As The Schools Reopen
Governance is about taking decisions, sometimes tough ones. Since the world was hit by the Covid-19 pandemic, President Akufo-Addo has responded to the mutating circumstances.
As a subject in a flux, he could have afforded not to constantly vary his interventions in response. He did it so remarkably that he earned global acclamation.
The plaudits opposition elements expectedly denied him at home the world gave him in style.
The decision to lock down or not was the first one, and happily he scored an 'excellent' when he chose the partial path.
Like other decisions, the President was torn between listening to the opposition orchestrated calls to order a total lockdown. In a country where the informal sector is where most of the citizens derive their daily bread from, of course, the total lockdown would have spelt worrying consequences and even fatalities beyond what the pandemic was going to exact. Science and data were the guiding principles and not the high-decibel cacophony from the modelers of mass deaths which by God's grace never came to fruition.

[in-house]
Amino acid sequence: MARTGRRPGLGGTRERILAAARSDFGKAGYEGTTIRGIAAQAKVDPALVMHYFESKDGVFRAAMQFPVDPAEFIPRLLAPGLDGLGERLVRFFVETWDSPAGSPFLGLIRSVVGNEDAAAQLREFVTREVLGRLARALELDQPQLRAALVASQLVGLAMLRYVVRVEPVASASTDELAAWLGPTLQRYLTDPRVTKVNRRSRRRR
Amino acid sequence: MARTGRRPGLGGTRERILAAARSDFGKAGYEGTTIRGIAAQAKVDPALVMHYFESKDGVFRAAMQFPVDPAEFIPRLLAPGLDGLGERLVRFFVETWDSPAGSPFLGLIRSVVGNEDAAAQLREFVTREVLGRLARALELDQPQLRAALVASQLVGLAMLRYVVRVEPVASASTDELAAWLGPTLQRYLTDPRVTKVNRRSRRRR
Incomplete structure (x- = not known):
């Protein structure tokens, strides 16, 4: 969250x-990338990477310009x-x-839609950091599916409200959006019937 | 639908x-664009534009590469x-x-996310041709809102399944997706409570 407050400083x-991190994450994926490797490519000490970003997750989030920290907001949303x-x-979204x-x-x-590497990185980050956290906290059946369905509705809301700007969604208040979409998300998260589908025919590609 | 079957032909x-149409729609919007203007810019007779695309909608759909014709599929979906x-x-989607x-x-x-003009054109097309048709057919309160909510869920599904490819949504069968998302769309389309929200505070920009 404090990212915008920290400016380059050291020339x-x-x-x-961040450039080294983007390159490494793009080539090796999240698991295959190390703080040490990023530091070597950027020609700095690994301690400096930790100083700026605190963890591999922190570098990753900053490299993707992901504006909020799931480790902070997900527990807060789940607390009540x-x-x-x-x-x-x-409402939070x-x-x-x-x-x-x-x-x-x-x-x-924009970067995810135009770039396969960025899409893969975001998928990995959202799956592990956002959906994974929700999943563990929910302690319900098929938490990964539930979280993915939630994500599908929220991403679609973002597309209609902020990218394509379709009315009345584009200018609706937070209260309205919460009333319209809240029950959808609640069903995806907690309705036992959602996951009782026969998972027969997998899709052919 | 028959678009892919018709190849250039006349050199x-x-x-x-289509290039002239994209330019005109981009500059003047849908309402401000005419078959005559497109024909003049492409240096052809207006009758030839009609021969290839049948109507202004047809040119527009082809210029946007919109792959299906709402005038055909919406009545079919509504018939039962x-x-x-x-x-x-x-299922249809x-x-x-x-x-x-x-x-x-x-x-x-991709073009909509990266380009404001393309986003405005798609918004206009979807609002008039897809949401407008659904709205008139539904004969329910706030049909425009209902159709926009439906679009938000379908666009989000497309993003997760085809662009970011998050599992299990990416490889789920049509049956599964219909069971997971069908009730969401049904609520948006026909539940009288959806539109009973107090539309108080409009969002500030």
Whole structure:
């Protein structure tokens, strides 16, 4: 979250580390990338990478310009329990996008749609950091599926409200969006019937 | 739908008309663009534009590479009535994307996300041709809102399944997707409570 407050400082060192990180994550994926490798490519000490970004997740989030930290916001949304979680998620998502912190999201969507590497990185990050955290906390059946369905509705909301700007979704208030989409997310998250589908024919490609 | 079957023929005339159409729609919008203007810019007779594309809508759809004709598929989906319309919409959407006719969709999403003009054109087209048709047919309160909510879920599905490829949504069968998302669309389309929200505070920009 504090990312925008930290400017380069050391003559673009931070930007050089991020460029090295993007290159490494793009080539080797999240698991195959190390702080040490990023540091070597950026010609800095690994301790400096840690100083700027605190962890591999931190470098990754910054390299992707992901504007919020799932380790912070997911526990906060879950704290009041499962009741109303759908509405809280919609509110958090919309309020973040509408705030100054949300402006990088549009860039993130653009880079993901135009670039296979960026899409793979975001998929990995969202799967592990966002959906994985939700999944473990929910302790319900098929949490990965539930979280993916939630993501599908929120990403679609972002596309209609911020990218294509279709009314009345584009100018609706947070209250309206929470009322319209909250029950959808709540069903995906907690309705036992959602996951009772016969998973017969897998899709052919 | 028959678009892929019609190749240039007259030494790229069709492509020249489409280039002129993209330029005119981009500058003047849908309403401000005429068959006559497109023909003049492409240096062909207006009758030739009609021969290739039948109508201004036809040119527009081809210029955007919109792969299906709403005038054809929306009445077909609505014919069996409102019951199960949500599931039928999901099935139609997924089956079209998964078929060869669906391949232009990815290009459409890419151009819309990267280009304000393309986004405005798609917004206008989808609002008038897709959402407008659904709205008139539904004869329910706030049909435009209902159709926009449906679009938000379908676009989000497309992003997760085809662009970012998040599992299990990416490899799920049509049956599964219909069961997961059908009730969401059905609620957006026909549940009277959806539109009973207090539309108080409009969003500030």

This week final year students of senior high schools returned to school, a critical decision taken by the President. We are aware of the preparations which were brought to bear upon the final decision to reopen. The date and the decision to have all the students put in the boarding houses and not allowing visitors were all arrived at after engagement with headmasters and other stakeholders.
A President who believes in consultation and in the case of health, science and data he cannot get things wrong.
The decision to have all schools attached to dedicated medical facilities is also a commendable move which other African countries would love to replicate when they learn about it.
With the foregone having been observed, it is our stance that regular monitoring about the schools be undertaken by designated doctors and other frontline personnel from the dedicated health facilities.
With educational institutions, there should be no room for complacency or even breaches to the laid-down protocols.
We would not be surprised if some recalcitrant parents demand variations in the rules because they want to see their children for 'special reasons'.
When a few parents are allowed to see their kids, it will not be long before the regulations are all breached exposing the kids to what we all dread.
Fortunately, these are early days and so school authorities must be encouraged to be strict.
School authorities who condone breaches should be sanctioned because in such matters bordering on health, deterrence is critical.
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